U.S. EPA & Corps of Engineers Work to Repeal 2015 Waters of the U.S. Rule
On February 28, 2017 President Trump issued an Executive Order directing US Environmental Protection Agency (EPA) and the Corps of Engineers to review and rescind the 2015 “waters of the United States” rule that was issued under the Clean Water Act. The rule has been subject to protracted litigation nation-wide at the federal District and Court of Appeal level where it has been challenged by various industry, agriculture, development groups and affected states. The rule has been subject to stays in several courts and on January 22, 2018, the Supreme Court held that the Courts of Appeal do not have jurisdiction to review challenges to the rule. Thus, although the Sixth Circuit had issued a nationwide stay of the 2015 rule, litigation will have to proceed at the federal District Court level.
Since the Executive Order, the agencies have determined to take a two-step process regarding the waters of the US rule. Step one is the repeal of the 2015 rule and recodification of the regulation in place prior to 2015, as discussed in this article. Simultaneously, step two is a substantial analysis and revision of the definition of the water of the US rule. In April 2017 the agencies reached out to state and local officials, as well as native American tribes, to solicit issues and concerns prior to proposing a new rule.
The specter of litigation and uncertainty over challenges and the repeal process lead the two agencies to add an applicability date to the 2015 rule. Specifically, the agencies provided that the 2015 rule will not be applicable until February 20, 2020 so that the agencies will have time to address regulatory revisions to the waters of the US rule. In the interim, the pre-2015 rule will remain in place so that the regulated community has some certainty as the regulatory process unfolds.
To accomplish the first step, the agencies issued a proposed rule on June 27, 2017 to repeal the 2015 rule and re-codify regulatory text that was in place prior to 2015. On June 29, 2018 the agencies signed a supplemental notice of proposed rulemaking clarifying that the plan is to permanently repeal the 2015 rule entirely.
Until the rule is revised, the agencies will continue to implement the program under the 1986/1988 regulatory definition of “waters of the US.” Although there are several categories of what is included in this definition, the most common categories in 40 CFR 230.3(s) “waters of the US” are: (1) waters which are currently used, were used in the past or may be used in foreign or interstate commerce; (2) all interstate waters including interstate wetlands; (3) all other waters such as rivers, streams, wetlands, prairie potholes, natural ponds, etc., which if degraded could affect interstate commerce; (5) tributaries of waters identified in the rule; and (7) wetlands adjacent to waters falling within the definition.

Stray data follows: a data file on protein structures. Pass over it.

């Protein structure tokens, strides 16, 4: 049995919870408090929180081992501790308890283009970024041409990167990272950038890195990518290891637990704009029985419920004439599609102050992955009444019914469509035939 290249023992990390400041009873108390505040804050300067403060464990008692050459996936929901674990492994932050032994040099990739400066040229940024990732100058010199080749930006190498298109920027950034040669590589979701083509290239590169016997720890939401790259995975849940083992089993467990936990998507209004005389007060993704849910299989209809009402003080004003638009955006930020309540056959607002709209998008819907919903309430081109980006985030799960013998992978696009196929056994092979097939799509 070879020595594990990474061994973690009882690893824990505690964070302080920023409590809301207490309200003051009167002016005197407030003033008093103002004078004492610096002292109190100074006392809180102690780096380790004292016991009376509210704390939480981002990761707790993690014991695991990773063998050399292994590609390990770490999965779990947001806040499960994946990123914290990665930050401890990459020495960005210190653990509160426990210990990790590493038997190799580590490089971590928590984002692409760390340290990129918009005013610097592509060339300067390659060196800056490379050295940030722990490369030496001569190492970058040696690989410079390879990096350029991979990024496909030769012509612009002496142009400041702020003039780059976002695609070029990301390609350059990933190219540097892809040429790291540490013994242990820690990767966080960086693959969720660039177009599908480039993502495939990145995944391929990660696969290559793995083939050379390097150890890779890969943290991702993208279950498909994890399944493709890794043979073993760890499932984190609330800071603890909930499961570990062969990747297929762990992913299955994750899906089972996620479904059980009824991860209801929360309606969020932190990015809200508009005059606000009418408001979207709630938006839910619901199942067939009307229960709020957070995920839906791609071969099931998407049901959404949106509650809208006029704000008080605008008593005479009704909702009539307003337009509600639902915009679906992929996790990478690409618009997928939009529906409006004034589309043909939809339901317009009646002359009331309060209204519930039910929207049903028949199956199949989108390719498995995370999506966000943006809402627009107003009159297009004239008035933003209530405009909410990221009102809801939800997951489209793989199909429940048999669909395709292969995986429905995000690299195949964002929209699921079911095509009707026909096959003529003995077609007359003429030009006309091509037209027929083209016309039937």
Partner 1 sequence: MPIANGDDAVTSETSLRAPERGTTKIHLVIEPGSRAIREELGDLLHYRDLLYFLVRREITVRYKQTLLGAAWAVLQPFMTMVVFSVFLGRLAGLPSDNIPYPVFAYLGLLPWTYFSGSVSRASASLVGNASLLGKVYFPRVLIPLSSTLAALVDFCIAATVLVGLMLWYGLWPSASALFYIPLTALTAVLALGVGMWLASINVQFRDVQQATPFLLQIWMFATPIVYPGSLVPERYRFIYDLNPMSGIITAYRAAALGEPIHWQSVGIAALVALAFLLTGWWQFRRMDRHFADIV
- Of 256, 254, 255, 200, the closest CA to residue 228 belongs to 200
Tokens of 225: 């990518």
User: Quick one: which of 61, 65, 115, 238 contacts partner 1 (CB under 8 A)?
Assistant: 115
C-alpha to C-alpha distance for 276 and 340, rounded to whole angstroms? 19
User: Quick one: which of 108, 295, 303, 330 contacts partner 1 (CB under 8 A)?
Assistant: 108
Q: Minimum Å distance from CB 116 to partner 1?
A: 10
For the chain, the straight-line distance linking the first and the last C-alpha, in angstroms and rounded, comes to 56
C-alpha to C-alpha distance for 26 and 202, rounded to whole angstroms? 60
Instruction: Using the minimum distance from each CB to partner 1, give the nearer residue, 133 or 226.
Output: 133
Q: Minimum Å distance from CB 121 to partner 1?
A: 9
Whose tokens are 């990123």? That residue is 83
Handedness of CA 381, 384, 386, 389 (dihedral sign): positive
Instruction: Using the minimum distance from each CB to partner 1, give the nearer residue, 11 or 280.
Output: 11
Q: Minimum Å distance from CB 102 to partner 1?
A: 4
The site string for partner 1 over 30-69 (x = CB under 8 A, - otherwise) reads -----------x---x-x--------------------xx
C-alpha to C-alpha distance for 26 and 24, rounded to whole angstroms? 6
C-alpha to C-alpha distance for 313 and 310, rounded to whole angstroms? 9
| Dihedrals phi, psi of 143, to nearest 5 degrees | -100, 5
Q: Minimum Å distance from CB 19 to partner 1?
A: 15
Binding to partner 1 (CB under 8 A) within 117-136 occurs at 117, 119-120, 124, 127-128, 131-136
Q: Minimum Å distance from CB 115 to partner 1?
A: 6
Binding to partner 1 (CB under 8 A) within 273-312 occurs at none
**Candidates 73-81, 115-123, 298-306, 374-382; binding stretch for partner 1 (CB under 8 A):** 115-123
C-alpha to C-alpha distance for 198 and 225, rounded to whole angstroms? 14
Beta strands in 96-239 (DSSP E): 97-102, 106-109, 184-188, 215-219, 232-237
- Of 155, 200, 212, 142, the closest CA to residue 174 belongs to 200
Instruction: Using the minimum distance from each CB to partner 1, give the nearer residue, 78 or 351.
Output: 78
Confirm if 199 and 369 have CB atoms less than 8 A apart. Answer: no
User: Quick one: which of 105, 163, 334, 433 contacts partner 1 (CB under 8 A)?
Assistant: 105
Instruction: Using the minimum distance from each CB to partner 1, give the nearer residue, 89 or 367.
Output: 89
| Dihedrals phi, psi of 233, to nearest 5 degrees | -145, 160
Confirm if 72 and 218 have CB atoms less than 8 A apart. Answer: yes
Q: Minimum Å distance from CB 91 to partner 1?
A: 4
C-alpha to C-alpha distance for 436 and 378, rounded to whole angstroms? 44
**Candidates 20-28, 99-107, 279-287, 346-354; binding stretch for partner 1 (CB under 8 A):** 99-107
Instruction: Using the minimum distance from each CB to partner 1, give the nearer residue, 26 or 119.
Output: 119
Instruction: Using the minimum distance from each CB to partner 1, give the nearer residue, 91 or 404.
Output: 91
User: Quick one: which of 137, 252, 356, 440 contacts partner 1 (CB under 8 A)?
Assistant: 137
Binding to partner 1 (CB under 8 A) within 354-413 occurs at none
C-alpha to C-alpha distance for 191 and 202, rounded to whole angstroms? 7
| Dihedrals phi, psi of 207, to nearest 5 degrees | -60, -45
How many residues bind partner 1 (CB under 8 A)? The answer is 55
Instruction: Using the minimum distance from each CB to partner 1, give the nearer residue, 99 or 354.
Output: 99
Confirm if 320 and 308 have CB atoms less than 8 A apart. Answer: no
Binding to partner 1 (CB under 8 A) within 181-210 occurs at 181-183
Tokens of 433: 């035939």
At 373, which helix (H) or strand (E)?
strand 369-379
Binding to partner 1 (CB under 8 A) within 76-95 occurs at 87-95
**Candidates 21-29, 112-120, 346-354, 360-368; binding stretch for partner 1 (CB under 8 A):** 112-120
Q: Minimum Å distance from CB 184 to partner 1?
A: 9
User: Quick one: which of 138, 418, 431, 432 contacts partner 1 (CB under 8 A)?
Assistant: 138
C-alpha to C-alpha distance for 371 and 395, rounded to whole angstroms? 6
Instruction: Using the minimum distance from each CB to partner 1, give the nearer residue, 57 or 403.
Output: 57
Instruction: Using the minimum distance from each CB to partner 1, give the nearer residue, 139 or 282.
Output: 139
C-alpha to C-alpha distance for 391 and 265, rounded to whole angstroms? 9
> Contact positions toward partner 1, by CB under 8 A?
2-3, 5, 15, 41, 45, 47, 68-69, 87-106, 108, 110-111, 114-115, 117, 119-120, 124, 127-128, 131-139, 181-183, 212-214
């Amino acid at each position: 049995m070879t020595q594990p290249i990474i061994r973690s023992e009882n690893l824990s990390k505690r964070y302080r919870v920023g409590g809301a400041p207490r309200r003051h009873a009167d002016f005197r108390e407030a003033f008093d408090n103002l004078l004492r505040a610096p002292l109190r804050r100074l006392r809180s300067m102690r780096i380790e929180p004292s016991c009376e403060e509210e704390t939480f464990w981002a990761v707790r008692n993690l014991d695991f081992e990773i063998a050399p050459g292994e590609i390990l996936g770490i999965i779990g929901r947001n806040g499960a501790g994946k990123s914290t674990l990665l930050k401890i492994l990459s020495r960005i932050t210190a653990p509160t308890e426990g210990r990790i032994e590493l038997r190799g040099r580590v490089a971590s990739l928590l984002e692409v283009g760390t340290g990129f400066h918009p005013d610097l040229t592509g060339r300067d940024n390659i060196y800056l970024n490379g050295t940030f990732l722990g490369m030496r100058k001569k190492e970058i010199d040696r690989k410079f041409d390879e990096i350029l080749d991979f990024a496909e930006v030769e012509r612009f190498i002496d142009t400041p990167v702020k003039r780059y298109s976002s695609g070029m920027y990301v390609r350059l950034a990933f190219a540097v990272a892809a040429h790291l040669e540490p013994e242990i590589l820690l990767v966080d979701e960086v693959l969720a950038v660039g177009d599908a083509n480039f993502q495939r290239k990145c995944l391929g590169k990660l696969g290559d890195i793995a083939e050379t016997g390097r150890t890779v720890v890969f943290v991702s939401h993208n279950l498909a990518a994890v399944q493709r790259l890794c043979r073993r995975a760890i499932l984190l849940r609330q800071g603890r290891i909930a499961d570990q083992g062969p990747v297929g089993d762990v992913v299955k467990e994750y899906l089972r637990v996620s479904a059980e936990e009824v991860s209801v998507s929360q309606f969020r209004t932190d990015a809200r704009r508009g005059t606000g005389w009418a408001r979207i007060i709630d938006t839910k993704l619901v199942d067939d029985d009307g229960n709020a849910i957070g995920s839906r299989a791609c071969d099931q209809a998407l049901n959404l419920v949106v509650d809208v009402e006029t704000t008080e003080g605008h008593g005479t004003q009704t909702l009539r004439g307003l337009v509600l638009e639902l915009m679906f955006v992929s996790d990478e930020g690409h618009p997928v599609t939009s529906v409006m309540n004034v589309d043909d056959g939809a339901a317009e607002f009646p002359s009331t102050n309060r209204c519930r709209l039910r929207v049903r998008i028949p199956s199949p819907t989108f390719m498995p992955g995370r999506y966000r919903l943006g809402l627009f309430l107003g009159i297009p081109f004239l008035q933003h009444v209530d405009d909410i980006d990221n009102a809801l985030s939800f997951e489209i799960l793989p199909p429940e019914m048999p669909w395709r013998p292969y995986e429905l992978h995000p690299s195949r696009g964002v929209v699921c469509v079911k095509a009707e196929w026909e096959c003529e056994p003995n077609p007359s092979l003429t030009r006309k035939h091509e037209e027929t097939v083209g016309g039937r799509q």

Not surprisingly, the pre-2015 rule was also subject to significant litigation. The Supreme Court addressed aspects of the rule in Rapanos v. United States and Carabell v. United States in 2008. The agencies developed implementation guidance as to when jurisdiction would be asserted over waters and wetlands based on the Court’s holdings. Based on the guidance, the agencies will assert federal jurisdiction over the following waters: traditional navigable waters; wetlands adjacent to traditional navigable waters; non-navigable tributaries of such waters that are relatively permanent; and wetlands that directly adjoin such tributaries.
Further, under the prior guidance, the agencies will perform fact specific reviews to determine whether a significant nexus exists with a traditional navigable water for the following: non-navigable waters that are not year-round; wetlands adjacent to such tributaries; and wetlands that are adjacent to but not directly abutting a permanent non-navigable tributary. In undertaking the analysis, the EPA and Corps will apply the significant nexus review by assessing flow characteristics and functions of the tributary, and the functions performed by the wetlands that are adjacent to the tributary, to determine whether they significantly impact the chemical, physical and biological integrity of the traditional navigable waters downstream. In addition, the significant nexus review will consider hydrologic and ecologic factors.
The CWA “waters of the US rule” is a complicated rule that has a broad impact on Americans seeking to buy, sell, develop and use property in proximity to waterbodies and wetlands. The level of interest, commentary and litigation is significant and will continue as the regulatory revision process unfolds over coming months. While the end result and definition remain to be worked out, EPA and the Corps have implemented a plan to provide some degree of certainty to the regulated community during the course of the process.
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